What are the different power states of Advanced Power Management?


The Advanced Power Management (APM) Specification defines the following power states:

Three of these states apply both to individual computer components and to your computer as a whole. The suspended state is a special low power condition that applies to your computer as a whole, and not the individual components.


In the ready state, your computer or device is fully powered up and ready for use. The APM definition of Ready only indicates that your computer or device is fully powered on, it does not differentiate between active and idle conditions.

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Stand-by is an intermediate system-dependent state which attempts to conserve power. Stand-by is entered when the central processing unit (CPU) is idle and no device activity is known to have occurred within a specific period of time. Your computer will not return to ready until one of the following events occur: • A device raises a hardware interrupt

• Any controlled device is accessed

All data and operational parameters are preserved when your computer is in the Stand-by state.


The Suspended state is a computer state which is defined to be the lowest level of power consumption available that preserves operational data and parameters. The suspend state can be initiated by either the system Basic Input Output System (BIOS) or the software above the BIOS. The system BIOS may place your computer into the suspended state without notification if it detects a situation which requires an immediate response such as the battery entering a critically low power state. When your computer is in the Suspended state, computation will not be performed until normal activity is resumed. Resumption of activity does not occur until signaled by an external event such as a button press, timer alarm, and so on.


Windows XP has built-in support for hibernation (OS-controlled ACPI S4 sleep state). Hibernation saves the complete state of the computer and turns off the power. The computer appears to be off. This is the lowest power sleeping state available and is secure from power outages.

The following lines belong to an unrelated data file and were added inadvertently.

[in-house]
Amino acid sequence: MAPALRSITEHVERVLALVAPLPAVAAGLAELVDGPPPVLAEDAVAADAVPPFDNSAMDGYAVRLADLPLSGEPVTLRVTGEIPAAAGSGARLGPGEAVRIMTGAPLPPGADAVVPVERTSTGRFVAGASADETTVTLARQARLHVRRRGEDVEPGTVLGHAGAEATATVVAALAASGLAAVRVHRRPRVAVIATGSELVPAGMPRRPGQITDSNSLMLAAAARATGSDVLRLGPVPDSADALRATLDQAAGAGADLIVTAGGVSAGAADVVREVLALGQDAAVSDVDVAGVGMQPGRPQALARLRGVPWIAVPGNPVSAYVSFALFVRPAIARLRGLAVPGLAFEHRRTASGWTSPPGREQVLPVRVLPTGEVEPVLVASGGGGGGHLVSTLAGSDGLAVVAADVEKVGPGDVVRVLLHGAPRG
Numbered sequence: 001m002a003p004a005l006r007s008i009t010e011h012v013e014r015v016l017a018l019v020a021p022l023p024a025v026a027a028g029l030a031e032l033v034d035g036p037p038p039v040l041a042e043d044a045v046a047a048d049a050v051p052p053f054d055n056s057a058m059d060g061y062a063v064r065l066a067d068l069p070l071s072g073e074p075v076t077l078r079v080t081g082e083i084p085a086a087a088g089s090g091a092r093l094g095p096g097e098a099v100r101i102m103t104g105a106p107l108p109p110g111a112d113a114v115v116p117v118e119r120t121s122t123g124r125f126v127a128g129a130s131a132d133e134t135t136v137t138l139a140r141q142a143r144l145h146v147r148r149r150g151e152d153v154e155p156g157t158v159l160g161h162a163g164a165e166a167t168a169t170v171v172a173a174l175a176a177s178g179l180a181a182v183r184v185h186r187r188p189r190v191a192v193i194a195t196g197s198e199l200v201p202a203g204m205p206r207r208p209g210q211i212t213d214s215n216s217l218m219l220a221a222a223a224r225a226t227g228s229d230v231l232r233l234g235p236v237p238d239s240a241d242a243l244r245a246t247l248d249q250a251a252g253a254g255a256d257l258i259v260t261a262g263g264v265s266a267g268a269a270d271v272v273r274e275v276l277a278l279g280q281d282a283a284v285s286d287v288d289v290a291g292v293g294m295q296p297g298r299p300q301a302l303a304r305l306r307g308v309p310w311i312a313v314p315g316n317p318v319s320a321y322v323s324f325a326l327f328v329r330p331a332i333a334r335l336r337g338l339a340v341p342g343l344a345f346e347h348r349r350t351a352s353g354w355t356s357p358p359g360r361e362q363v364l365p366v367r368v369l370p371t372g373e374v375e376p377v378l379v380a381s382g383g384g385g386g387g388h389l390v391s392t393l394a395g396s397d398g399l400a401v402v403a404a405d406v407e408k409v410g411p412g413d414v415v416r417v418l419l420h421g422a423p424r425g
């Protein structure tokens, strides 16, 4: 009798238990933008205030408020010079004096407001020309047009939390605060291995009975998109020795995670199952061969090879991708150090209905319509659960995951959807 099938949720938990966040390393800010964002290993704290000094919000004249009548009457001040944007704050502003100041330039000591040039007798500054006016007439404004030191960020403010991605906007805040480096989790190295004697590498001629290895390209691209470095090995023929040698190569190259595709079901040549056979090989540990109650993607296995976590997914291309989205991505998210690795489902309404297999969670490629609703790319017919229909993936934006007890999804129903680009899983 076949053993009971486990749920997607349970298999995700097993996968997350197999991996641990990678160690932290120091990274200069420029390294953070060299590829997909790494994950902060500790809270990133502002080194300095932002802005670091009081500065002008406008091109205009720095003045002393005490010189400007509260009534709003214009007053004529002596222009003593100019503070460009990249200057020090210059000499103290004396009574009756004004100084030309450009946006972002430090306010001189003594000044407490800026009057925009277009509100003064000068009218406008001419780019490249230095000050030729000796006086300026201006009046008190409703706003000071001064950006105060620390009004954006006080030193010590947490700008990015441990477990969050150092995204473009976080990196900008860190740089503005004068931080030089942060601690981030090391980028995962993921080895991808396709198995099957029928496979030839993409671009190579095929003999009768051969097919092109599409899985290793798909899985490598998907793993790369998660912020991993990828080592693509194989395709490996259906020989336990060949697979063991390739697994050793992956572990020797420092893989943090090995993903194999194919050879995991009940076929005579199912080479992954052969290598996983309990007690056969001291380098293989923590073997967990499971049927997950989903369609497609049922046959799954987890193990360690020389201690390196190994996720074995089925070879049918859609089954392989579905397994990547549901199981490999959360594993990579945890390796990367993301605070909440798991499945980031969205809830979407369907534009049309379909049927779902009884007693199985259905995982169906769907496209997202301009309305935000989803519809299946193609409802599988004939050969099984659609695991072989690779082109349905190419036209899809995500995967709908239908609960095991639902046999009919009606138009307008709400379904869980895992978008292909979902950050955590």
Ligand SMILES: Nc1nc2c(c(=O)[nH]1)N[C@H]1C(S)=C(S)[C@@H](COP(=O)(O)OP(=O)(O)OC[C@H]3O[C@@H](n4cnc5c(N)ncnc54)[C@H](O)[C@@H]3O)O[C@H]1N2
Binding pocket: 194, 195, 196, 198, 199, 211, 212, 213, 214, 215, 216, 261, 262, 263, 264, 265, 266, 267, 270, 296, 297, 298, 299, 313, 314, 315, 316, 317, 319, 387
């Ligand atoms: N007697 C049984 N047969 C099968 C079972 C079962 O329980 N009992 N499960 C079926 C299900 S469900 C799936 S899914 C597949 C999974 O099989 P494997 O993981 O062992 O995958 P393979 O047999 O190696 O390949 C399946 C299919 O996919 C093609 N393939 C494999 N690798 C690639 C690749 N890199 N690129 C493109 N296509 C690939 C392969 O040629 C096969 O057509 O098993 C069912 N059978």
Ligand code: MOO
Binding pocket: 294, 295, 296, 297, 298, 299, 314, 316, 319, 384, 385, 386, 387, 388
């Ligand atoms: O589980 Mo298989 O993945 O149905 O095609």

When you resume from a hibernated sleep state, the BIOS performs the normal POST, and then reads the hiberfile that was created to save the computer state. The computer returns to the last state it was in before the computer entered hibernation mode. Hibernate mode reduces start time.

Note that when you service the computer, make sure you shut down the computer instead of using hibernate mode.

Windows XP supports Hibernate capabilities (ACPI S4 sleep state). Windows XP S4OS Hibernate is available on new computers and upgrades that meet the requirements for the correct video drivers and no VXD audio drivers.

S4 is the hibernation state. It is very close to the APM Suspend to Disk state.

Hibernation Requirements

Computer must support APM 1.2, or ACPI.

A paging device that supports D3 (note – certain SCSI configurations do not support this).

WDM audio.

No legacy capture devices connected.

WebTV for Windows is not installed.

Non-ICS Host (client is OK).


When in the Off state, your computer or device is powered down and inactive. Data and operational parameters may or may not be preserved in the Off state.